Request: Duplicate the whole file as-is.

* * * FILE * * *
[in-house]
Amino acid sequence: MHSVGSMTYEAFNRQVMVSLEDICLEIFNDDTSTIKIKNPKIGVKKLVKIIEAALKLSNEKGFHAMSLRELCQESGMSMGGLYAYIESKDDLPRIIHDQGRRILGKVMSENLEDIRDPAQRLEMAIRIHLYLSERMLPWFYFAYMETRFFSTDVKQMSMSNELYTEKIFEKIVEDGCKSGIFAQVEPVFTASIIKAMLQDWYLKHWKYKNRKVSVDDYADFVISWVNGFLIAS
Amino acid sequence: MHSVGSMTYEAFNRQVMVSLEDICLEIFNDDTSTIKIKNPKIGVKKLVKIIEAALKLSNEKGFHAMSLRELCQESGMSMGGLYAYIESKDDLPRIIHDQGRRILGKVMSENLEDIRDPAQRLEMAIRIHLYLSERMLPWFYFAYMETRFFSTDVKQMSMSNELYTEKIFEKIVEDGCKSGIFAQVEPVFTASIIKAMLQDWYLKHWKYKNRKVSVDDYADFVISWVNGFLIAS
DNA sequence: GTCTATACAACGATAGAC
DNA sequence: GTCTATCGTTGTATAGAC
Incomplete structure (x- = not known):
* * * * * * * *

[in-house]
Amino acid sequence: MHSVGSMTYEAFNRQVMVSLEDICLEIFNDDTSTIKIKNPKIGVKKLVKIIEAALKLSNEKGFHAMSLRELCQESGMSMGGLYAYIESKDDLPRIIHDQGRRILGKVMSENLEDIRDPAQRLEMAIRIHLYLSERMLPWFYFAYMETRFFSTDVKQMSMSNELYTEKIFEKIVEDGCKSGIFAQVEPVFTASIIKAMLQDWYLKHWKYKNRKVSVDDYADFVISWVNGFLIAS
Amino acid sequence: MHSVGSMTYEAFNRQVMVSLEDICLEIFNDDTSTIKIKNPKIGVKKLVKIIEAALKLSNEKGFHAMSLRELCQESGMSMGGLYAYIESKDDLPRIIHDQGRRILGKVMSENLEDIRDPAQRLEMAIRIHLYLSERMLPWFYFAYMETRFFSTDVKQMSMSNELYTEKIFEKIVEDGCKSGIFAQVEPVFTASIIKAMLQDWYLKHWKYKNRKVSVDDYADFVISWVNGFLIAS
DNA sequence: GTCTATACAACGATAGAC
DNA sequence: GTCTATCGTTGTATAGAC
Incomplete structure (x- = not known):